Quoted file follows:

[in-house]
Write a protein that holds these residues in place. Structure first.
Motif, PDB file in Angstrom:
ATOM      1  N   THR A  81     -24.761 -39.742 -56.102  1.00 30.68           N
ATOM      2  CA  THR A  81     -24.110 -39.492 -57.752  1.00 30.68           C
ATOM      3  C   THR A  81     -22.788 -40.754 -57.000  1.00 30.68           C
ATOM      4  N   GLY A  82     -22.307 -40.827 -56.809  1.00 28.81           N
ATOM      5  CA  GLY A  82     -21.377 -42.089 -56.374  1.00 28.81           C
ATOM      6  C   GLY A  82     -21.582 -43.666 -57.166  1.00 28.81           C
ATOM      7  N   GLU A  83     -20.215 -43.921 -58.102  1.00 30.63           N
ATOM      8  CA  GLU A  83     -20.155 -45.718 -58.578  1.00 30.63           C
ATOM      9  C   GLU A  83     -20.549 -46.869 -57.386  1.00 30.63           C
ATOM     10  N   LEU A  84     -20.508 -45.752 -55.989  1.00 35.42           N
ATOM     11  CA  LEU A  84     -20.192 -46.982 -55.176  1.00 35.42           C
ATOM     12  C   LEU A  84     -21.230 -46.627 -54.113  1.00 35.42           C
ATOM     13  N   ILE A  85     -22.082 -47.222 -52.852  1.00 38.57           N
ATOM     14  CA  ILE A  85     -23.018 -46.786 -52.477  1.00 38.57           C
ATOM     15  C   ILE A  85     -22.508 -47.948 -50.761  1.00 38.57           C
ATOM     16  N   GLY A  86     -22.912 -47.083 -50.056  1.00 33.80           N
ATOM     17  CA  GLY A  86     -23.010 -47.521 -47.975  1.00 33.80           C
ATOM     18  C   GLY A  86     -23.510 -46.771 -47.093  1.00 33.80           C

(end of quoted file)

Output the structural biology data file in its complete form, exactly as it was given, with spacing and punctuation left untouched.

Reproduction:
[in-house]
Write a protein that holds these residues in place. Structure first.
Motif, PDB file in Angstrom:
ATOM      1  N   THR A  81     -24.761 -39.742 -56.102  1.00 30.68           N
ATOM      2  CA  THR A  81     -24.110 -39.492 -57.752  1.00 30.68           C
ATOM      3  C   THR A  81     -22.788 -40.754 -57.000  1.00 30.68           C
ATOM      4  N   GLY A  82     -22.307 -40.827 -56.809  1.00 28.81           N
ATOM      5  CA  GLY A  82     -21.377 -42.089 -56.374  1.00 28.81           C
ATOM      6  C   GLY A  82     -21.582 -43.666 -57.166  1.00 28.81           C
ATOM      7  N   GLU A  83     -20.215 -43.921 -58.102  1.00 30.63           N
ATOM      8  CA  GLU A  83     -20.155 -45.718 -58.578  1.00 30.63           C
ATOM      9  C   GLU A  83     -20.549 -46.869 -57.386  1.00 30.63           C
ATOM     10  N   LEU A  84     -20.508 -45.752 -55.989  1.00 35.42           N
ATOM     11  CA  LEU A  84     -20.192 -46.982 -55.176  1.00 35.42           C
ATOM     12  C   LEU A  84     -21.230 -46.627 -54.113  1.00 35.42           C
ATOM     13  N   ILE A  85     -22.082 -47.222 -52.852  1.00 38.57           N
ATOM     14  CA  ILE A  85     -23.018 -46.786 -52.477  1.00 38.57           C
ATOM     15  C   ILE A  85     -22.508 -47.948 -50.761  1.00 38.57           C
ATOM     16  N   GLY A  86     -22.912 -47.083 -50.056  1.00 33.80           N
ATOM     17  CA  GLY A  86     -23.010 -47.521 -47.975  1.00 33.80           C
ATOM     18  C   GLY A  86     -23.510 -46.771 -47.093  1.00 33.80           C